Wood design for the perfect wave

Wood design for the perfect wave: Marlo Groh built his first surfboard with great attention to detail, craftsmanship and selected veneers from Schorn & Groh. His functional board in hollow wood construction now carries the passionate surfer across the seas and is as unique as the chosen wood species. Moreover, the extraordinarily beautiful piece of sports equipment is also significantly more ecological than the vast majority of surfboards with a crude-oil-based PU foam core. Why his material focus was on wood and how the practical one-of-a-kind was created, you can read in the interview:

About Marlo Groh:
Born in 1998, trained as a carpenter, graduating as a journeyman in 2019, currently studying bionics. Has been surfing for over 10 years.

How did you get the idea to build a surfboard?
I am passionate about surfing and didn't own a surfboard myself. Until then, I had only experiences with rented boards. But this allowed me to try out different types of boards and I knew which surfing style and the associated board type suited me best. So at some point, I was due for my first own surfboard - and the idea was close: I thought it would be much more exciting to build my first board myself instead of buying one.

How did you approach the project?
I first did a lot of research on how to make a surfboard. As a trained carpenter, it was obvious to me: it should be made of wood. Since solid wooden surfboards can't keep up with current boards due to their weight, the hollow wood construction method was the only possibility for me to build a light and functional surfboard. The construction of the hollow wood surfboard is a bit like a ship's hull. It is hollow on the inside and is stabilised by a kind of herringbone frame.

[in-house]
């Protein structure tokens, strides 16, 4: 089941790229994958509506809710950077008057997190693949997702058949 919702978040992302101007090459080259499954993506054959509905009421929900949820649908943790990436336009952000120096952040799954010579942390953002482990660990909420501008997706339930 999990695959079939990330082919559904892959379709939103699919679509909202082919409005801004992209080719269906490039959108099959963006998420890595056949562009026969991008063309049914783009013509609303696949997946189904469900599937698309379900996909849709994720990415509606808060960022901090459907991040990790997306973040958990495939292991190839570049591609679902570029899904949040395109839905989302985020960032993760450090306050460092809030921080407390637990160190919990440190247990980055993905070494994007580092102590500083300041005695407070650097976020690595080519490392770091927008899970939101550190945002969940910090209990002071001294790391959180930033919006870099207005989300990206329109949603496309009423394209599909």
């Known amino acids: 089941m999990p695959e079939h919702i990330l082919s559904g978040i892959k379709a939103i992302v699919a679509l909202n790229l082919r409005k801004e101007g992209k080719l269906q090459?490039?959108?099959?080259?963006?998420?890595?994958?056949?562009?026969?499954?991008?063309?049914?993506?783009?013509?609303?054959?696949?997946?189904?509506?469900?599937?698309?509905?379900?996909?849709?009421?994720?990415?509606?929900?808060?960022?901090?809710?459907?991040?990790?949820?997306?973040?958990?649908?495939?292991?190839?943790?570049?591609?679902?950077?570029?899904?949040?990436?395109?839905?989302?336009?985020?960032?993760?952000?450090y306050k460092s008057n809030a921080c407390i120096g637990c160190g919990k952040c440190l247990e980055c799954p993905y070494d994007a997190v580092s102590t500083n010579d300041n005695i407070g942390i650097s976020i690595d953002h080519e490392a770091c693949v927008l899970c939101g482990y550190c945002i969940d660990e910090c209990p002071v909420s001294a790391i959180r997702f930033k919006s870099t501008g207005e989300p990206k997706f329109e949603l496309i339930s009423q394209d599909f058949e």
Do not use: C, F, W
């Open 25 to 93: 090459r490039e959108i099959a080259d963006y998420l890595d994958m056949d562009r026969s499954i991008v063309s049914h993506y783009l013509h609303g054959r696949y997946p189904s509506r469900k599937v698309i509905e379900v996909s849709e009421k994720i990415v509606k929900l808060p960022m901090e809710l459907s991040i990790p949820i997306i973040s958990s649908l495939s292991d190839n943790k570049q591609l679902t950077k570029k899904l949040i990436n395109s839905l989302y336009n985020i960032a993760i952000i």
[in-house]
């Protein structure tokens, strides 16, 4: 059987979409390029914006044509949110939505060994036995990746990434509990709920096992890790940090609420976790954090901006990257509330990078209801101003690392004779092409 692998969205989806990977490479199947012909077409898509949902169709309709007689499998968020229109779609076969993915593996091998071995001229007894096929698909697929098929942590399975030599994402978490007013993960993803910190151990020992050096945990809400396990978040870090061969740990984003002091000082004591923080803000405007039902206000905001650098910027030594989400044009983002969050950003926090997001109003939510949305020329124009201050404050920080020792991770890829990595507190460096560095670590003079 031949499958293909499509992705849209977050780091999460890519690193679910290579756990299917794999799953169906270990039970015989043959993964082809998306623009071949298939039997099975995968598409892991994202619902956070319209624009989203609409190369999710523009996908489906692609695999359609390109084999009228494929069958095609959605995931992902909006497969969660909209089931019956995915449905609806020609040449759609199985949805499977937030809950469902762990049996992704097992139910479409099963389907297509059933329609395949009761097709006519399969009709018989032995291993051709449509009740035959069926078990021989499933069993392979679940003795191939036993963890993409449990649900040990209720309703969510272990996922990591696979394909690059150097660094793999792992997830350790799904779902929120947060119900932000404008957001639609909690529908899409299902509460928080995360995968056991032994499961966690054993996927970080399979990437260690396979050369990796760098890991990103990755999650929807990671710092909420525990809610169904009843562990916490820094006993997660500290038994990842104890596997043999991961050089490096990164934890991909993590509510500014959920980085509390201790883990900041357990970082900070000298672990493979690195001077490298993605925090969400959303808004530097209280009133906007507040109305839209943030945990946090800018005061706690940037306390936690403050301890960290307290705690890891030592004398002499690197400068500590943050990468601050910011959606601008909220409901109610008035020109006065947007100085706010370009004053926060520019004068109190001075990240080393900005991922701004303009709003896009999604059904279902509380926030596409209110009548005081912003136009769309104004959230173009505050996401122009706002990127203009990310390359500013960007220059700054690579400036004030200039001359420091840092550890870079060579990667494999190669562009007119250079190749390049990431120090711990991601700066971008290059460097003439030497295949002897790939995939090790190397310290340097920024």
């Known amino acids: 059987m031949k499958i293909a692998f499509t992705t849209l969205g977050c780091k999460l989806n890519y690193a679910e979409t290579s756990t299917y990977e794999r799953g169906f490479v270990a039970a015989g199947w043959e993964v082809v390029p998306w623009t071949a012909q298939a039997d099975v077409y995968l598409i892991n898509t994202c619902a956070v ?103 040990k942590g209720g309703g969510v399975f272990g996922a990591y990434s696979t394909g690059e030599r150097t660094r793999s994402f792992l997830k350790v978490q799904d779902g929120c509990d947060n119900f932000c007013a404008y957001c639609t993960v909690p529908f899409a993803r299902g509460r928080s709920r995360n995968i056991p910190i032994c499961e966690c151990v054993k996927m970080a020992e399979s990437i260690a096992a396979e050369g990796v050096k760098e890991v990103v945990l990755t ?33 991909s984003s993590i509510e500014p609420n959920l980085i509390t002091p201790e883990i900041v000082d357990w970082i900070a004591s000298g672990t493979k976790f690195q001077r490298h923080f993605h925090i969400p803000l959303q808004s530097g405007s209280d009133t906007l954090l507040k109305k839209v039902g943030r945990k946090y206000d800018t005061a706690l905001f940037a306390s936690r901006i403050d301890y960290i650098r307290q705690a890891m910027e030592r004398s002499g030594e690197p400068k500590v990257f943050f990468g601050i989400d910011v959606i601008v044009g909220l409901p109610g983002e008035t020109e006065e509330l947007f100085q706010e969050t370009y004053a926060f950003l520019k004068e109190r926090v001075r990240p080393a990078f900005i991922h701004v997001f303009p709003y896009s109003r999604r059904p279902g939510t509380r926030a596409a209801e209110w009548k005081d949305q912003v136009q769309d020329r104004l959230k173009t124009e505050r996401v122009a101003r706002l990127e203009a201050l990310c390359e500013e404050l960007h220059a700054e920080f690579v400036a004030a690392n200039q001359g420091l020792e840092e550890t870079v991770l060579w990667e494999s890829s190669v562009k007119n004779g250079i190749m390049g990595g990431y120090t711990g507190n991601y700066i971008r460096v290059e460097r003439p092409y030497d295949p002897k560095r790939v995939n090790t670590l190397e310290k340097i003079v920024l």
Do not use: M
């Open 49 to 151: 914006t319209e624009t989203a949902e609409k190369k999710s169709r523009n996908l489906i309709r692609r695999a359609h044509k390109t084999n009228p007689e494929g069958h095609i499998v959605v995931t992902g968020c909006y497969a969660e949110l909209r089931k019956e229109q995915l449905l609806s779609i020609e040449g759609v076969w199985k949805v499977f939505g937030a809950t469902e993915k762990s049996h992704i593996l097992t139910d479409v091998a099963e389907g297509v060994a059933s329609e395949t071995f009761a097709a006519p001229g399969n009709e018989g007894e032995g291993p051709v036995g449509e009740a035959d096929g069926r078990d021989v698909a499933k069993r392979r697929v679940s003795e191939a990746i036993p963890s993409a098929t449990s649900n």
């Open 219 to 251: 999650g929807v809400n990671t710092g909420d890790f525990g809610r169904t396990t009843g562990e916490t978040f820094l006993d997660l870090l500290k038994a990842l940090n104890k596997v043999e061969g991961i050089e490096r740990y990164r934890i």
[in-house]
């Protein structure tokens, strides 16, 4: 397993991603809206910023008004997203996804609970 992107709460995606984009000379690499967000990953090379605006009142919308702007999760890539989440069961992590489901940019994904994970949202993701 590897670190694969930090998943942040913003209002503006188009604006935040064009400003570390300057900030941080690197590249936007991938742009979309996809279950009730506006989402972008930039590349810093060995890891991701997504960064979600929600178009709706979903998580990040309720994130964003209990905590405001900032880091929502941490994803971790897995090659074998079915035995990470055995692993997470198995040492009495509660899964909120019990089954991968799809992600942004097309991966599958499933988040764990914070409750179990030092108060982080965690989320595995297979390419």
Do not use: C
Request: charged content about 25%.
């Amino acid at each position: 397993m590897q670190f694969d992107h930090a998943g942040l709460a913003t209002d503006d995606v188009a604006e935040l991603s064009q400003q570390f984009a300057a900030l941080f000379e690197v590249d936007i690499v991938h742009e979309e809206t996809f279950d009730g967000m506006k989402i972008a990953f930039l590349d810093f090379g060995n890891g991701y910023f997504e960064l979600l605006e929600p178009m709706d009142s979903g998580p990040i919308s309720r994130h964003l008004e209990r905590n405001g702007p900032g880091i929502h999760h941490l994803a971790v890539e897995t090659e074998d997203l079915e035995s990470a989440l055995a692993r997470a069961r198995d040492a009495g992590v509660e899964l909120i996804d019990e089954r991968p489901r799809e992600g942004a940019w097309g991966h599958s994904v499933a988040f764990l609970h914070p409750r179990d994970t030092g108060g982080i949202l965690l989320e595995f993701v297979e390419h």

What materials did you use?
The frame, rails and supporting hardware are made of paulownia, as this wood scores as the second lightest wood in the world with its low weight and relatively high stability.

The top and bottom decks are made of 3 mm poplar plywood, which has been finished with veneer on both sides. For the bottom deck, I mirrored Bosé veneer. This wood fascinated me mainly because its extremely distinctive and wide bar looks like waves in an ocean. The arrow-like inlays of shell maple make the board look even more dynamic. In addition, shell maple also has an impressive shimmer effect. The top deck is covered with multiple mirrored Zirikote.

It is important that the waxed top side of the board is turned down on the beach so that the wax does not melt. Therefore, I chose reasonably light-coloured wood for the underside so that the side facing upwards would not be heated up so much by the sun.

To make the board stable and waterproof, I placed glass fibre mats around the board and poured in epoxy resin. As a finish, I painted the board high gloss to provide additional UV protection.

What were the biggest challenges for you?
The biggest difficulty - and what also makes this board unique - is the subsequent application of the mouldings around the already veneered and rounded board. I took on this complicated process, which involves steaming and negative moulding, in order to achieve an exact and consistently clear transition between the rail and the veneer. In my eyes, this effort was worth it, especially with the dark upper deck.

Have you already launched your board and exposed it to the power of the sea?
Yes, of course, I could hardly wait to get my surfboard into the water. The board is easy to surf because of its manoeuvrability and you catch a lot of waves with it surprisingly easily. It's also a special feeling to be the only one in the water and on the beach with a homemade board made of wood that everyone admires.